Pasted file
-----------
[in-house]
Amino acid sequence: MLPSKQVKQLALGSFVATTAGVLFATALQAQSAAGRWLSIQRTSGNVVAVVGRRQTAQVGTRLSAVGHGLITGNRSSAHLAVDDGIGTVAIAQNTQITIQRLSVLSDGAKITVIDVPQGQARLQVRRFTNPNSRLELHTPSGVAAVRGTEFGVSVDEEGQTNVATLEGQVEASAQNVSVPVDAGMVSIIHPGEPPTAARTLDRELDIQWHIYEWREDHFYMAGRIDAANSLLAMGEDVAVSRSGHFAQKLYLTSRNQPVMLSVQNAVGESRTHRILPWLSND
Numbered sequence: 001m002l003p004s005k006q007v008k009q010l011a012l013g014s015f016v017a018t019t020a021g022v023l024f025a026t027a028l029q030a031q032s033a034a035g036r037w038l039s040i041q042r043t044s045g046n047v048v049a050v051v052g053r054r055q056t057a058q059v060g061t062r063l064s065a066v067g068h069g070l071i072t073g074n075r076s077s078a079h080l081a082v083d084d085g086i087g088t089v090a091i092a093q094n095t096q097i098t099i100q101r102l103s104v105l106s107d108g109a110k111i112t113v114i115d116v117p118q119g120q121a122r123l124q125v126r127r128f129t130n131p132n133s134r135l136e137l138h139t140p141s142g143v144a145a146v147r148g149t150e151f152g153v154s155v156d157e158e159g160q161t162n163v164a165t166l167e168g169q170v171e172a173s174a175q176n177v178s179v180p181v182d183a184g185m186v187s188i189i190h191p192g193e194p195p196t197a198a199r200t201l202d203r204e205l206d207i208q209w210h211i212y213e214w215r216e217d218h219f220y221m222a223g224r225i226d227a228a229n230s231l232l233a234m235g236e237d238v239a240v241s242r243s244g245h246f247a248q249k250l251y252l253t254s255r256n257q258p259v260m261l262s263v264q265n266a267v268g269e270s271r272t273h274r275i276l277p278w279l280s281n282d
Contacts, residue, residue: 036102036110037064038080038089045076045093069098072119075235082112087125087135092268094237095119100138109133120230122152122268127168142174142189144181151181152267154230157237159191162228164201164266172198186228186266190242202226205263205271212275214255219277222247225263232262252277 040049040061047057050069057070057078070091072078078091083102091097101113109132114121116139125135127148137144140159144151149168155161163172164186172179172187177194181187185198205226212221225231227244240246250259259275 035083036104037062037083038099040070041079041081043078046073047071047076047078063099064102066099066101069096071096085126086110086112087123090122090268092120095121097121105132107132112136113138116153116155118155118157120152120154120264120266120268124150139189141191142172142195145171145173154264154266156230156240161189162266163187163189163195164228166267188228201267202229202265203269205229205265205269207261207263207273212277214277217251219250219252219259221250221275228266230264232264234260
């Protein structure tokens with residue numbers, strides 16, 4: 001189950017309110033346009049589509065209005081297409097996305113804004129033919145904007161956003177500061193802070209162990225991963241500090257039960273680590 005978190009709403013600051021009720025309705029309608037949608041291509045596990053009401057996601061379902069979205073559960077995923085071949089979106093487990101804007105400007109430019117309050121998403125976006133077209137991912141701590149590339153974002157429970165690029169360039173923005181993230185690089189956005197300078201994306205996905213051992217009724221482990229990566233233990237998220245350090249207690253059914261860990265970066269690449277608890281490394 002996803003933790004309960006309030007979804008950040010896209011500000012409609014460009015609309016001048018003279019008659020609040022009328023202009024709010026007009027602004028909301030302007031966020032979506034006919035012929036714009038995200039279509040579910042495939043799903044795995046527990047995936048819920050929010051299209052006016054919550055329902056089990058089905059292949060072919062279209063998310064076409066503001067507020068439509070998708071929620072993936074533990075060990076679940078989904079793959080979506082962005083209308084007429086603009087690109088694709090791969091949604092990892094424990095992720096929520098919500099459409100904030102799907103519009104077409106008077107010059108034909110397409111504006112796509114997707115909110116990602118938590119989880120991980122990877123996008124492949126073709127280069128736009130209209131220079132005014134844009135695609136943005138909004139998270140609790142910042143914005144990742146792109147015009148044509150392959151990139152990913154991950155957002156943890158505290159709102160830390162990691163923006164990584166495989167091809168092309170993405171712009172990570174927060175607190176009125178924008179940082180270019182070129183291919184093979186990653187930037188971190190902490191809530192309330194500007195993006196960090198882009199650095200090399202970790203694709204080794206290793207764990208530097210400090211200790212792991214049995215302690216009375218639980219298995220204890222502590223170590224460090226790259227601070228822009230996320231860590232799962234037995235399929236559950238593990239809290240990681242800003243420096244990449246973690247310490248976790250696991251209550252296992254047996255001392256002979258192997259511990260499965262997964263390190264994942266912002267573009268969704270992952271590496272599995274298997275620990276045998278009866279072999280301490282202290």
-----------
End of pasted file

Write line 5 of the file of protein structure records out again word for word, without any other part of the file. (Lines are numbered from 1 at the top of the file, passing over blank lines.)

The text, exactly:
């Protein structure tokens with residue numbers, strides 16, 4: 001189950017309110033346009049589509065209005081297409097996305113804004129033919145904007161956003177500061193802070209162990225991963241500090257039960273680590 005978190009709403013600051021009720025309705029309608037949608041291509045596990053009401057996601061379902069979205073559960077995923085071949089979106093487990101804007105400007109430019117309050121998403125976006133077209137991912141701590149590339153974002157429970165690029169360039173923005181993230185690089189956005197300078201994306205996905213051992217009724221482990229990566233233990237998220245350090249207690253059914261860990265970066269690449277608890281490394 002996803003933790004309960006309030007979804008950040010896209011500000012409609014460009015609309016001048018003279019008659020609040022009328023202009024709010026007009027602004028909301030302007031966020032979506034006919035012929036714009038995200039279509040579910042495939043799903044795995046527990047995936048819920050929010051299209052006016054919550055329902056089990058089905059292949060072919062279209063998310064076409066503001067507020068439509070998708071929620072993936074533990075060990076679940078989904079793959080979506082962005083209308084007429086603009087690109088694709090791969091949604092990892094424990095992720096929520098919500099459409100904030102799907103519009104077409106008077107010059108034909110397409111504006112796509114997707115909110116990602118938590119989880120991980122990877123996008124492949126073709127280069128736009130209209131220079132005014134844009135695609136943005138909004139998270140609790142910042143914005144990742146792109147015009148044509150392959151990139152990913154991950155957002156943890158505290159709102160830390162990691163923006164990584166495989167091809168092309170993405171712009172990570174927060175607190176009125178924008179940082180270019182070129183291919184093979186990653187930037188971190190902490191809530192309330194500007195993006196960090198882009199650095200090399202970790203694709204080794206290793207764990208530097210400090211200790212792991214049995215302690216009375218639980219298995220204890222502590223170590224460090226790259227601070228822009230996320231860590232799962234037995235399929236559950238593990239809290240990681242800003243420096244990449246973690247310490248976790250696991251209550252296992254047996255001392256002979258192997259511990260499965262997964263390190264994942266912002267573009268969704270992952271590496272599995274298997275620990276045998278009866279072999280301490282202290």